Portland's dark history of white supremacy

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tags: racism, White Supremacy

Nearly two centuries of exclusion, violence and intimidation have resulted in the whitest major city in the United States, in a state that has in the past been fertile ground for the growth of extremism. Last Friday’s violent attack came amid a new wave of “alt-right” organizing, but Portland’s very whiteness has attracted far right groups to attempt to make inroads in the city for more than 30 years.

Walidah Imarisha, an expert on Oregon’s black history, said that while “Portland spends a lot of time being incredibly self-satisfied”, the “foundation of Oregon as a state, and in fact the whole Pacific north-west, was as a racist white utopia”.

It’s not hyperbolic to call it a war. There was intense fighting

Ciaran Mulloy, union organiser and anti-fascist

First, the land was taken from its indigenous inhabitants and freely given to white settlers. And while Oregonians take pride in the state’s early move to outlaw slavery, Imarisha said that that pride rested on a misunderstanding of the ban’s intent.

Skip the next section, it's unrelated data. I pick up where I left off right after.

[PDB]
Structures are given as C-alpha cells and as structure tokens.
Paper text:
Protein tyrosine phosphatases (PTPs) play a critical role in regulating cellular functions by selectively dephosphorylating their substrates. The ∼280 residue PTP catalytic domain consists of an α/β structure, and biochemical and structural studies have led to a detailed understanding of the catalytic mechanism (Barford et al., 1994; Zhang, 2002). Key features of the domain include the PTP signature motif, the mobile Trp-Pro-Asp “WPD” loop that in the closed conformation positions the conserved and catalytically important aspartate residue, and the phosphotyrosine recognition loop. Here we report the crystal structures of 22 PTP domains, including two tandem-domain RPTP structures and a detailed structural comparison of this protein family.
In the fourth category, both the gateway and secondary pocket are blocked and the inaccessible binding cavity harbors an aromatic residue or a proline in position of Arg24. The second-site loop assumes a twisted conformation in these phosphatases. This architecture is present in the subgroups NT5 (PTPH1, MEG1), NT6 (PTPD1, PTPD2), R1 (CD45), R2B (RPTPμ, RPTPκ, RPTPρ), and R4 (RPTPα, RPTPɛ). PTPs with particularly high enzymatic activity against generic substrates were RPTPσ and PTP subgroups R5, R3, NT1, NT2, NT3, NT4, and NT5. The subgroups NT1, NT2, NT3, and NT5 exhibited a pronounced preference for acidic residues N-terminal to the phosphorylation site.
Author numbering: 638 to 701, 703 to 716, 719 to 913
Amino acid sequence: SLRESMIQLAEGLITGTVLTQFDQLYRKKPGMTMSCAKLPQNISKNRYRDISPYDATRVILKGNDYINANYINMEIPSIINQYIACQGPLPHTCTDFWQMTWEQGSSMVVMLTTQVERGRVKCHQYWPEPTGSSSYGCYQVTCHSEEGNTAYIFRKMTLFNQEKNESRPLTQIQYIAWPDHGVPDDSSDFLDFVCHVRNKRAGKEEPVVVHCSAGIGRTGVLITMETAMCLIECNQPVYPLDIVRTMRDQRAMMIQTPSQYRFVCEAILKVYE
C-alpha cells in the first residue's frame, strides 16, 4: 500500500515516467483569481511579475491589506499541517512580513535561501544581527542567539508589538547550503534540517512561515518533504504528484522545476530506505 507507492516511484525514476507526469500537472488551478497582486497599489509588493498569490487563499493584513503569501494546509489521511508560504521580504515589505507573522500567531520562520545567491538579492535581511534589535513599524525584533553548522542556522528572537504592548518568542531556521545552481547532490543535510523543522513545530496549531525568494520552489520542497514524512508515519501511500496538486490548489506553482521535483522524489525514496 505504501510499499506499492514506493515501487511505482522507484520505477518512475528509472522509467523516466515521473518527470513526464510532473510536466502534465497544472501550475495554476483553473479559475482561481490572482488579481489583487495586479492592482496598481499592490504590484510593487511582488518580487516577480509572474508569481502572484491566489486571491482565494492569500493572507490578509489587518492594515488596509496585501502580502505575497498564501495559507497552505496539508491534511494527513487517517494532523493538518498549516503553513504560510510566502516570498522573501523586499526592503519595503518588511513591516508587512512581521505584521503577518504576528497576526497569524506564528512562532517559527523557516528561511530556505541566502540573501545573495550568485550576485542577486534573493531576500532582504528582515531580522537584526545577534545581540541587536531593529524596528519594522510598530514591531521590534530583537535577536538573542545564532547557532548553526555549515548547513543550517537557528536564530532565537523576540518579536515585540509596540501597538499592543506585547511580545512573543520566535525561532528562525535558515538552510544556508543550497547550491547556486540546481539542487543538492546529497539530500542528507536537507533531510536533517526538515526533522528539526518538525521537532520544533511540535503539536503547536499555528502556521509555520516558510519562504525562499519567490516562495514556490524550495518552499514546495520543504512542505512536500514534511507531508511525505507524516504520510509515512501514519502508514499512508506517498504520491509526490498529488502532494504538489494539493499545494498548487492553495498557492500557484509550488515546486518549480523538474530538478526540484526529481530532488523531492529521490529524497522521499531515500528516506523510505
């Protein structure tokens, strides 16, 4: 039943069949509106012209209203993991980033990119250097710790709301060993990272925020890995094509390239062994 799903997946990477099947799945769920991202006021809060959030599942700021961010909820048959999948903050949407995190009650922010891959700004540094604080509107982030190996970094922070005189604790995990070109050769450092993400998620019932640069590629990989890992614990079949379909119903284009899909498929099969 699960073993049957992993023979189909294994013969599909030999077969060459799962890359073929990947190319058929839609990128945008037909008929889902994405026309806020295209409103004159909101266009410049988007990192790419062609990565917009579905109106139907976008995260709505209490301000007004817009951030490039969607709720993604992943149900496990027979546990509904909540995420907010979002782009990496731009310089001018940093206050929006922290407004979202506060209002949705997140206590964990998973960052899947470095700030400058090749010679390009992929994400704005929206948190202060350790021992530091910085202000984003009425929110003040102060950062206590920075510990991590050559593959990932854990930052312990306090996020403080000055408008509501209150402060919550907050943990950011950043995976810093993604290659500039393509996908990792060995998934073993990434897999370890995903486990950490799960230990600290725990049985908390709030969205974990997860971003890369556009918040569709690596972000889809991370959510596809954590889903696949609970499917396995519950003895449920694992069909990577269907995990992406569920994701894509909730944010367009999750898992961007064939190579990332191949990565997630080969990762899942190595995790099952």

“In 1844 Oregon outlawed slavery,” she said, “but it also outlawed being black in the state.”

Initially, the prescribed punishment for black people for simply being in Oregon was up to 39 public lashes. This was quickly repealed, and replaced in 1849 with a system of fines, arrests and deportations. From 1857 to 1927, there was a prohibition on black people entering the state, which was enshrined in the state’s bill of rights. These laws were sporadically enforced, but they sent a very clear message to would-be settlers, black and white, and limited black migration to the state.

Read entire article at The Guardian

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